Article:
— We’re also collaborating with DTU Skylab (The Innovation Hub of the Technical University of Denmark) on an innovation initiative that will be unleashed at World Congress. Called Next Generation City Action, it’s a project that aims to engage and empower young people to take an active role in shaping the future of their cities. This is a global engagement, with people from multiple countries, such as Ghana, Kenya, India, Korea, Mexico, Colombia, and Denmark, with more than 125 selected young students, early-stage technology entrepreneurs, and young leaders from diverse backgrounds. They will challenge existing practices and contribute with their innovative solutions, all focusing on sustainability and inclusion.

If you were to pick out one new, special thing from Denmark and architecture, what would you choose?

— I’m impressed by engaged student-driven organizations such as the Climate Group from the Royal Danish Academy – Architecture, Design, Conservation. They are so dedicated and have their own way of communicating and creating action, instead of not just talking, for a better future. We got them to collaborate with us through the installation What about Utopia – Dreams of a better future, which will be exhibited at the World Congress and invites to enter a space created and dedicated to utopian thinking. To change our current situation, from the state of crisis, we need to not only think of solutions that can be realized within our current systems but also practice the act of thinking outside of those systems. Dreaming is a part of moulding a new world.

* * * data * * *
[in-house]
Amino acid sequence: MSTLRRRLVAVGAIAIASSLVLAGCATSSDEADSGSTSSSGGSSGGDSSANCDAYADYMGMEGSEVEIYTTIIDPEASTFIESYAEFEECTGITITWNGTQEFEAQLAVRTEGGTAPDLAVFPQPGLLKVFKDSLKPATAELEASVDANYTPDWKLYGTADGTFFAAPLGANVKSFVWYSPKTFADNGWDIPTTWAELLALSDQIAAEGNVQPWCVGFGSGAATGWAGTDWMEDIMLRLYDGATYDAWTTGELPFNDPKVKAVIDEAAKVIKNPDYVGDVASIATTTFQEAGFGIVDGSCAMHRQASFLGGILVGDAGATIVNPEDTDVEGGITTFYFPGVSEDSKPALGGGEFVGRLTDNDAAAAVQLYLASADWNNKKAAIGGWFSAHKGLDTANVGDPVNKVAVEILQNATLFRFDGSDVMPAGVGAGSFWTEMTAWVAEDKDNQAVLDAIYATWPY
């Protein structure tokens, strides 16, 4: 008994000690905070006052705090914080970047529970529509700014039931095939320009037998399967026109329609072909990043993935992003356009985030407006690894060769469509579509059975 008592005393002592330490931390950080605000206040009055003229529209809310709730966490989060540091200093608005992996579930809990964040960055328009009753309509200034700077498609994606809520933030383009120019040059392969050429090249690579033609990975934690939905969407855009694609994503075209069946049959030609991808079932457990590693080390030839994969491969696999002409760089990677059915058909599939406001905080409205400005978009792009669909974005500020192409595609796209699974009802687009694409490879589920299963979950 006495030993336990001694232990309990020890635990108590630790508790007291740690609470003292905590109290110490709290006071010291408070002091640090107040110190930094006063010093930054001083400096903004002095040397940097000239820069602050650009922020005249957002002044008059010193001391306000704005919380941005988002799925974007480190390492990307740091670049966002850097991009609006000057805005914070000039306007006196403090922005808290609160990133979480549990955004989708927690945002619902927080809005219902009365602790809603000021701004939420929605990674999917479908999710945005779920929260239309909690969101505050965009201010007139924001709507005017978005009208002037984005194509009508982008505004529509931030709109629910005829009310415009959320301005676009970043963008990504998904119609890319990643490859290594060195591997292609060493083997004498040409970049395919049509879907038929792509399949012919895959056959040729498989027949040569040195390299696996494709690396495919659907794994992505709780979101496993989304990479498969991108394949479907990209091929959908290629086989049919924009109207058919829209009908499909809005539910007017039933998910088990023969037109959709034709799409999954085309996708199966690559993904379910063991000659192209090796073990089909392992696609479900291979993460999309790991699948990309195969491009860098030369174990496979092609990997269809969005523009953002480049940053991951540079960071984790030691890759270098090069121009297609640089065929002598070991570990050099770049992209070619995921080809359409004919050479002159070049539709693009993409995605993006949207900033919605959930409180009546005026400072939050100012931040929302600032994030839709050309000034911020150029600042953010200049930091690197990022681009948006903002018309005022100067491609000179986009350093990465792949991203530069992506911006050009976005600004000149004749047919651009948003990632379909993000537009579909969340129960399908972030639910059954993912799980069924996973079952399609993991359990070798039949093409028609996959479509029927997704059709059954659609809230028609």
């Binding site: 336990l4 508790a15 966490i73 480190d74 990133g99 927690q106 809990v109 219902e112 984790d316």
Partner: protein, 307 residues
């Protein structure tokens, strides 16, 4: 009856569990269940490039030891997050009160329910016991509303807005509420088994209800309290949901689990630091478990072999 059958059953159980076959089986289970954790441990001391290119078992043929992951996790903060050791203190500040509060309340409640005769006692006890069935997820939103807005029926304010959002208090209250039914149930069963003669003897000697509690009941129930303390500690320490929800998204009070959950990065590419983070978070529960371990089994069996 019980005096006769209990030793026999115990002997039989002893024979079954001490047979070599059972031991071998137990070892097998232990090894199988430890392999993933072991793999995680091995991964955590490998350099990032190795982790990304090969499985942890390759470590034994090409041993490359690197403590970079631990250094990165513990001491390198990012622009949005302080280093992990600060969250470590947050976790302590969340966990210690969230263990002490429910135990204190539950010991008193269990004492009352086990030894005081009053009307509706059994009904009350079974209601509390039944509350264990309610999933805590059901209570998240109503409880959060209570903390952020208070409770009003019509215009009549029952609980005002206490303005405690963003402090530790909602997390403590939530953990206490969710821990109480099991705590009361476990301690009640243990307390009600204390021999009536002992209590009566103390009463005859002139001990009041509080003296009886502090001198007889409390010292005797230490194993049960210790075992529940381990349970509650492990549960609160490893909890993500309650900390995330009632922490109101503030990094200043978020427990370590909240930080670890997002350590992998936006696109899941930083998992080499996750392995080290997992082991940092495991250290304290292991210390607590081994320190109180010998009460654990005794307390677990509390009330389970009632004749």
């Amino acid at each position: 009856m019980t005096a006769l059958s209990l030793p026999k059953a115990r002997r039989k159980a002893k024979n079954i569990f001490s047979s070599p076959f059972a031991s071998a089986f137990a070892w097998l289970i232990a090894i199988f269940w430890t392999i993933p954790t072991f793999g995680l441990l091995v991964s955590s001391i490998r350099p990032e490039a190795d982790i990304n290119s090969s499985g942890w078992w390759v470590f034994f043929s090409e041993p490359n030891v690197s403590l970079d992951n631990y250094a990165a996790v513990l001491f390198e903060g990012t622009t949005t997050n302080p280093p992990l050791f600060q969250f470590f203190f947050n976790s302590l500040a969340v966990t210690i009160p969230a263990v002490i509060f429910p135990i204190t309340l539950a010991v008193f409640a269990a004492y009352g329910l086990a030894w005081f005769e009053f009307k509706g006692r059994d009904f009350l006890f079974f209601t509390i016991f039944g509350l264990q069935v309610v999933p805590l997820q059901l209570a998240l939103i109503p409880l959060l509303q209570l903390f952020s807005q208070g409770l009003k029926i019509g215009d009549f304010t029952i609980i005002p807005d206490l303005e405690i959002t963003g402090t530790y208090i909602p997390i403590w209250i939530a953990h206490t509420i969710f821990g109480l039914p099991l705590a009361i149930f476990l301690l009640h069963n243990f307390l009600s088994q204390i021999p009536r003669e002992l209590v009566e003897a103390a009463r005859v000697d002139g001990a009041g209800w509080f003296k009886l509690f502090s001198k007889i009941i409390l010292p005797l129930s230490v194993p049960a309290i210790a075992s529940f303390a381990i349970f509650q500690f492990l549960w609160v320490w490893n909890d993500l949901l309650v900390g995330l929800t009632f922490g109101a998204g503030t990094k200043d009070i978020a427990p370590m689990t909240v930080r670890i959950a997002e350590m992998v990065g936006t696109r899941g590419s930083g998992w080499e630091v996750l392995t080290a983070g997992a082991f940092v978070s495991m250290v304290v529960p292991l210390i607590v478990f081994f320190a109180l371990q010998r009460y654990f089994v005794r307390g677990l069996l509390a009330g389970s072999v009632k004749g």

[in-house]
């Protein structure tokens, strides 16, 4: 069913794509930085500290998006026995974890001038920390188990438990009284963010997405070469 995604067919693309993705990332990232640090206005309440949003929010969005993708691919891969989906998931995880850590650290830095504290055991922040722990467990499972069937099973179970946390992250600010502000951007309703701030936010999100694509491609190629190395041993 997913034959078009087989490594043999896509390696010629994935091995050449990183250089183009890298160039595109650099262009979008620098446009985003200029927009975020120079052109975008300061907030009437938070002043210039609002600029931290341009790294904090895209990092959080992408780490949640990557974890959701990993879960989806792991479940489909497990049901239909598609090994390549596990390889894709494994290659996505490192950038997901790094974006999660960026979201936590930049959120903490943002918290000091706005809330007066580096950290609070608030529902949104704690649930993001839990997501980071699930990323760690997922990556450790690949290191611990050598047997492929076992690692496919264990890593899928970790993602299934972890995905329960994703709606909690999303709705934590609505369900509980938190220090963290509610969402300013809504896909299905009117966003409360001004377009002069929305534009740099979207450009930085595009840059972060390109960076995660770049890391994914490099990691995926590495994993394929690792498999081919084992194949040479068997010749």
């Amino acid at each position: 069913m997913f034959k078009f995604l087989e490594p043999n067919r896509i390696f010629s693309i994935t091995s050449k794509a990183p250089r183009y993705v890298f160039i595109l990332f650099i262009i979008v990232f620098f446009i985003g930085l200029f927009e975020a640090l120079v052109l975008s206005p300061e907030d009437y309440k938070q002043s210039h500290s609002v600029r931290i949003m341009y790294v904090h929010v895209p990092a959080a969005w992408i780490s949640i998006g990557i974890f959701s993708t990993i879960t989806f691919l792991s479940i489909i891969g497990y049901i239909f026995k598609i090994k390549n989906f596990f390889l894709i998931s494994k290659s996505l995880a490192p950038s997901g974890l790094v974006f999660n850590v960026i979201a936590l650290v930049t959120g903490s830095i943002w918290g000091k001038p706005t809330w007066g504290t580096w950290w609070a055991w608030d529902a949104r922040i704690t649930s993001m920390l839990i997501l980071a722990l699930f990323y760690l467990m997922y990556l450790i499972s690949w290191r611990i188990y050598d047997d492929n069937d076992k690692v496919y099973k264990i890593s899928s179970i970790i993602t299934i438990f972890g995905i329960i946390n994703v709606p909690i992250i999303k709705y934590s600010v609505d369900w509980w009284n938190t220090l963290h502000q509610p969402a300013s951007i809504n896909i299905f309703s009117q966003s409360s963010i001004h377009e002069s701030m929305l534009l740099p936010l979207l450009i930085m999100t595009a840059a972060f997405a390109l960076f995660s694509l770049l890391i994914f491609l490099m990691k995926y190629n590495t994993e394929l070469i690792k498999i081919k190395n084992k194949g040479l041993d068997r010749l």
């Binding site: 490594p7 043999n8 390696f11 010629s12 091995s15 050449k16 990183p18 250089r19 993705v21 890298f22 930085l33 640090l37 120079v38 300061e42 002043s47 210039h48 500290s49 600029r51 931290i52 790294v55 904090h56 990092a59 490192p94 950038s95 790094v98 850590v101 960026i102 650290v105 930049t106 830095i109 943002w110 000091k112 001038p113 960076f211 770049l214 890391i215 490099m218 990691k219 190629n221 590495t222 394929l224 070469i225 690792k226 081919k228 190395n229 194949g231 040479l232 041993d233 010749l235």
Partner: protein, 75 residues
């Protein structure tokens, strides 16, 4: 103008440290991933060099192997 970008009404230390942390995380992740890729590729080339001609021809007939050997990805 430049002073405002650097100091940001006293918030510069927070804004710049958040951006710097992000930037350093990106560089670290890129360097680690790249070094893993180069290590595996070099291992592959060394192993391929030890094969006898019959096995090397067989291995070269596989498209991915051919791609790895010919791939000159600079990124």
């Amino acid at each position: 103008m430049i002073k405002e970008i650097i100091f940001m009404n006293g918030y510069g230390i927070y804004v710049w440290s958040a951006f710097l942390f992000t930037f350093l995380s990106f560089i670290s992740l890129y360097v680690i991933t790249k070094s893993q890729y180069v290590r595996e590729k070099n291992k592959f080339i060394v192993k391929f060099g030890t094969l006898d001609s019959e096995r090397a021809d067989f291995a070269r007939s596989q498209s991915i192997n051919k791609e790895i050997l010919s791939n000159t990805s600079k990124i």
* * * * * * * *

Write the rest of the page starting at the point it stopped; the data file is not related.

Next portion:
What about Utopia. Photography: Peter Rasmussen

Thygesen also highlights urban spaces that are created to invite people to meet, incorporating play and activity.

— One of my favourite spaces in Copenhagen is Superkilen, a park in the Nørrebro area that supports diversity and invites locals to meet. It’s kind of an exhibition of everyday objects from all over the world, including benches, lampposts, trash cans and plants, making it an urban space that invites locals to interact with not only each other but also the many playgrounds and sports elements left seemingly unorganized but is anything but. It’s also visually very aesthetic.

Superkilen. Photography: Mark Damgaard Pedersen

Aside from working hard with the World Congress for months, Thygesen has also initiated a pet project together with a friend.

— We’re collecting the dreams of the Danes, she explains. I believe it’s important in times of change to open our fantasy so we can get an image of what kind of society we want to live in. It is a physical installation constructed as a pop-up artwork in public spaces, like libraries, that helps people share their dreams with each other. We then collect the input and create a shared sum-up to be shared with communal authorities as inspiration to think up something new. 

To get more stories like this, sign up for our newsletter here

* indicates required